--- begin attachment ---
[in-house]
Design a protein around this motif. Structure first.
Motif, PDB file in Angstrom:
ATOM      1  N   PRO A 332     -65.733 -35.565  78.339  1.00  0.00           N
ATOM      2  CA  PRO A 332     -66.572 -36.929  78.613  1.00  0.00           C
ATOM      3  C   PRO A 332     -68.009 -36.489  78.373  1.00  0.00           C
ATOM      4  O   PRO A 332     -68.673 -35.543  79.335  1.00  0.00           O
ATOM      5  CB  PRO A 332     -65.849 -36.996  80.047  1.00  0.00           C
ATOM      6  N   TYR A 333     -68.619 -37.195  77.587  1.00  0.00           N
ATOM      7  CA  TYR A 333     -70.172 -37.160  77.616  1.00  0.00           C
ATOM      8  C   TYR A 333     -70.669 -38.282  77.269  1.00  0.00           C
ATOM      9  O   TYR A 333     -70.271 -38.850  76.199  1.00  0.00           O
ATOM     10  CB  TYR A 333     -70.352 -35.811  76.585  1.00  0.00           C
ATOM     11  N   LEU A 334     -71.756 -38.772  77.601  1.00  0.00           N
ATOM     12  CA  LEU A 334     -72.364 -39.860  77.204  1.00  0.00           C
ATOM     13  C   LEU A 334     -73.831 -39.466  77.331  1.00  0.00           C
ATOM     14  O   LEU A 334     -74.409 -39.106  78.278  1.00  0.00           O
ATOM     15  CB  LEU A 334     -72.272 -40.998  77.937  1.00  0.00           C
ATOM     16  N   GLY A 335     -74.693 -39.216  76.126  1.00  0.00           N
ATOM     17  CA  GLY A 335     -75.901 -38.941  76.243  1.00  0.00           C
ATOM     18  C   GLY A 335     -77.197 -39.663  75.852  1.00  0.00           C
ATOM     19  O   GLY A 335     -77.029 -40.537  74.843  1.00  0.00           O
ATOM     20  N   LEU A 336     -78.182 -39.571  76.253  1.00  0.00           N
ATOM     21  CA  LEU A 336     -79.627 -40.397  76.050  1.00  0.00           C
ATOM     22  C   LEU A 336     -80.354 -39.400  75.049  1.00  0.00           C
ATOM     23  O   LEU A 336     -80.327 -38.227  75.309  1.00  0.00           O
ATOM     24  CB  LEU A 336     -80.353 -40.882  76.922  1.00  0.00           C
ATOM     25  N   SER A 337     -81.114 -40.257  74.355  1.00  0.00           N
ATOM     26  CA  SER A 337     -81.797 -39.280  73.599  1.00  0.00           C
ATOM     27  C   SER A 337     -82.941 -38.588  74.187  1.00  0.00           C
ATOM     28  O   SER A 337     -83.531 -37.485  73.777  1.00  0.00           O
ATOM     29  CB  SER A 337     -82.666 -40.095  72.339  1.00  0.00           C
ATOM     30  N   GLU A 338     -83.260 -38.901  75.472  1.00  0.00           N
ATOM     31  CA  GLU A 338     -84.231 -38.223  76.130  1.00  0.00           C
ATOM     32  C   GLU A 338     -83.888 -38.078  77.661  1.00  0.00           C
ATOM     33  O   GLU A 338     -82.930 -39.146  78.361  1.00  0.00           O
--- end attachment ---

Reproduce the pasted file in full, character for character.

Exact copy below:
[in-house]
Design a protein around this motif. Structure first.
Motif, PDB file in Angstrom:
ATOM      1  N   PRO A 332     -65.733 -35.565  78.339  1.00  0.00           N
ATOM      2  CA  PRO A 332     -66.572 -36.929  78.613  1.00  0.00           C
ATOM      3  C   PRO A 332     -68.009 -36.489  78.373  1.00  0.00           C
ATOM      4  O   PRO A 332     -68.673 -35.543  79.335  1.00  0.00           O
ATOM      5  CB  PRO A 332     -65.849 -36.996  80.047  1.00  0.00           C
ATOM      6  N   TYR A 333     -68.619 -37.195  77.587  1.00  0.00           N
ATOM      7  CA  TYR A 333     -70.172 -37.160  77.616  1.00  0.00           C
ATOM      8  C   TYR A 333     -70.669 -38.282  77.269  1.00  0.00           C
ATOM      9  O   TYR A 333     -70.271 -38.850  76.199  1.00  0.00           O
ATOM     10  CB  TYR A 333     -70.352 -35.811  76.585  1.00  0.00           C
ATOM     11  N   LEU A 334     -71.756 -38.772  77.601  1.00  0.00           N
ATOM     12  CA  LEU A 334     -72.364 -39.860  77.204  1.00  0.00           C
ATOM     13  C   LEU A 334     -73.831 -39.466  77.331  1.00  0.00           C
ATOM     14  O   LEU A 334     -74.409 -39.106  78.278  1.00  0.00           O
ATOM     15  CB  LEU A 334     -72.272 -40.998  77.937  1.00  0.00           C
ATOM     16  N   GLY A 335     -74.693 -39.216  76.126  1.00  0.00           N
ATOM     17  CA  GLY A 335     -75.901 -38.941  76.243  1.00  0.00           C
ATOM     18  C   GLY A 335     -77.197 -39.663  75.852  1.00  0.00           C
ATOM     19  O   GLY A 335     -77.029 -40.537  74.843  1.00  0.00           O
ATOM     20  N   LEU A 336     -78.182 -39.571  76.253  1.00  0.00           N
ATOM     21  CA  LEU A 336     -79.627 -40.397  76.050  1.00  0.00           C
ATOM     22  C   LEU A 336     -80.354 -39.400  75.049  1.00  0.00           C
ATOM     23  O   LEU A 336     -80.327 -38.227  75.309  1.00  0.00           O
ATOM     24  CB  LEU A 336     -80.353 -40.882  76.922  1.00  0.00           C
ATOM     25  N   SER A 337     -81.114 -40.257  74.355  1.00  0.00           N
ATOM     26  CA  SER A 337     -81.797 -39.280  73.599  1.00  0.00           C
ATOM     27  C   SER A 337     -82.941 -38.588  74.187  1.00  0.00           C
ATOM     28  O   SER A 337     -83.531 -37.485  73.777  1.00  0.00           O
ATOM     29  CB  SER A 337     -82.666 -40.095  72.339  1.00  0.00           C
ATOM     30  N   GLU A 338     -83.260 -38.901  75.472  1.00  0.00           N
ATOM     31  CA  GLU A 338     -84.231 -38.223  76.130  1.00  0.00           C
ATOM     32  C   GLU A 338     -83.888 -38.078  77.661  1.00  0.00           C
ATOM     33  O   GLU A 338     -82.930 -39.146  78.361  1.00  0.00           O